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Old 06-18-2010, 06:11 PM   #57
pdurrant
The Grand Mouse
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Location: Norfolk, England
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Quote:
Originally Posted by dreams View Post
Noooooo! I take it back. Forgive me for that terrible thought.

<you realize that they will all blame me for the delay, yes?>

You can stay there and I'll send massive amounts of chocolate, and your favorite drink, and all the books you've been trying to buy, and, and,....
OK, here's the answer and my explanation. Inside a spoiler tag, since I said I wouldn't post it yet.

Spoiler:
Answer:
No-one gets out for 44 days after the governor's speech. On the 45th day, all the prisoners with green ink apply to be released, and are released. On the 46th day, all the prisoners with blue ink apply to be released and are released.

Explanation:
I think it's best to look at what would happen with smaller numbers of prisoners. And to do that, we'll pretend to be one of the prisoners - so we don't initially know our ink colour. I'm going to assume I can see the same or more blue than green. This is just to make the language less convoluted. The problem is obviously symmetric and works just as well with the colours all swapped.

First Case (two or more prisoners). All the other prisoners I can see have blue ink. I don't know my colour. The governor says that there are both colours. I immediately know I must be green, and apply for release the next day. The other prisoners apply the next day, as I can only have applied for release if I could see only one colour, which means they now all know that they are all blue.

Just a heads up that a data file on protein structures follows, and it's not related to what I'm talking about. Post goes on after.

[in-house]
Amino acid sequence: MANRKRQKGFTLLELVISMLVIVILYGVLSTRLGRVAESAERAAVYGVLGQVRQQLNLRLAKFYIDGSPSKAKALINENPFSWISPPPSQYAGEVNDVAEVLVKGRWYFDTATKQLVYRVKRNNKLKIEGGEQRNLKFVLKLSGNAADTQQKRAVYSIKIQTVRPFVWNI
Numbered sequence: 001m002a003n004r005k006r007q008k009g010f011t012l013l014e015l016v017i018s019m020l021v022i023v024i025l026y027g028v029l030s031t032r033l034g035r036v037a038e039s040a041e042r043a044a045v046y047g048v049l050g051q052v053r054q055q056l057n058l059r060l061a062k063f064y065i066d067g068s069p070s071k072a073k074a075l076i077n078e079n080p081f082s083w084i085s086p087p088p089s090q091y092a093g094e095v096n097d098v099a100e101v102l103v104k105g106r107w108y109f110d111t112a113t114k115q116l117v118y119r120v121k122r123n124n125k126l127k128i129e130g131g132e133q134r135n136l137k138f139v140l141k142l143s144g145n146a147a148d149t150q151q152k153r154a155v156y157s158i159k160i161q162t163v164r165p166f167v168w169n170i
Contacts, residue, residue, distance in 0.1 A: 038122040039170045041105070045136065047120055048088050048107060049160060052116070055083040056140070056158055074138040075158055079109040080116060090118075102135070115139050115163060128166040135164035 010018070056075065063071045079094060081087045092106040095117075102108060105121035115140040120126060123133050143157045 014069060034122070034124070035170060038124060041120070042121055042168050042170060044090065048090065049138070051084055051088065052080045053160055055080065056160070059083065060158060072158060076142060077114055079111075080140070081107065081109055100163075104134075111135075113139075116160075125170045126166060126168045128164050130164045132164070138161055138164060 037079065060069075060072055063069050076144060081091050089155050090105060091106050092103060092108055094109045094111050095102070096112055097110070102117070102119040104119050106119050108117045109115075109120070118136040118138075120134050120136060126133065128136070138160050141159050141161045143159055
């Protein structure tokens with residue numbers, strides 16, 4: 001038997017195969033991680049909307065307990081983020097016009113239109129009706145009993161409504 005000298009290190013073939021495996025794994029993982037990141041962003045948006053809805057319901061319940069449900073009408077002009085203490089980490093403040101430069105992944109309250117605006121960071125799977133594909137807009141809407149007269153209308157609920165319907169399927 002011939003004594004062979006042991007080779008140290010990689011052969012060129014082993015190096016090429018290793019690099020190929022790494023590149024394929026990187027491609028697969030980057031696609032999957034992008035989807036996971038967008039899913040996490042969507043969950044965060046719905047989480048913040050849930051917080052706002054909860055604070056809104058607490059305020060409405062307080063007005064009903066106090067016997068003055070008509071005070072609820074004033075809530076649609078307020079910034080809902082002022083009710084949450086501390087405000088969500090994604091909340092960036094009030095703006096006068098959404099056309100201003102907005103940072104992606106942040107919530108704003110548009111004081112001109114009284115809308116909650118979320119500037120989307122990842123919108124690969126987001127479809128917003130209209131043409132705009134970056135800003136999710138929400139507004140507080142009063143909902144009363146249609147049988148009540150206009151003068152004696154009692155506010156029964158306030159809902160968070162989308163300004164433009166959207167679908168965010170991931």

Second Case (three or more prisoners): I can see one green and one or more blue prisoners. So you would think that the governor's statement doesn't help me, as I already know that there are both blue and green prisoners. But I can now reason as follows:
* If I am blue, the green prisoner can only see blue prisoners, so he will apply to be released tomorrow, as the governor's speech has told him that there are both colours present. This will confirm I'm blue and I can apply the following day.
* If the green prisoner I can see does not apply for release tomorrow, he must be able to see another green prisoner, which must be me. I must be green, and I can apply for release on the second day after the governor's speech.

Third Case (five or more prisoners): I can see two greens and two or more blues. This is an interesting case to consider, as I now know that all the other prisoners know that there are blue and green prisoners in the prison. However:
* If I am blue, each green prisoner can only see one other green prisoner. By the reasoning in the Second Case, they will both apply to be released on the second day after the governor's speech. This will confirm that I'm blue and I can apply to be released on the third day.
* If the two green prisoners I can see do not apply for release on the second day after the governor's speech, they must be able to see another green prisoner, which must be me. I must be green, and I can apply for release on the third day after the governor's speech.

Fourth Case (seven or more prisoners): I can see three greens and three or more blues.
* If I am blue, each green prisoner can see two other green prisoners. By the reasoning in the Third Case, they will all apply to be released on the third day after the governor's speech. This will confirm that I'm blue and I can apply to be released the fourth day.
* If the three green prisoners I can see do not apply for release on the third day after the governor's speech, they must be able to see another green prisoner, which must be me. I must be green, and I can apply for release on the fourth day after the governor's speech.

I think it's now obvious that this line of reasoning can be continued forever. Leading to the answer I gave above.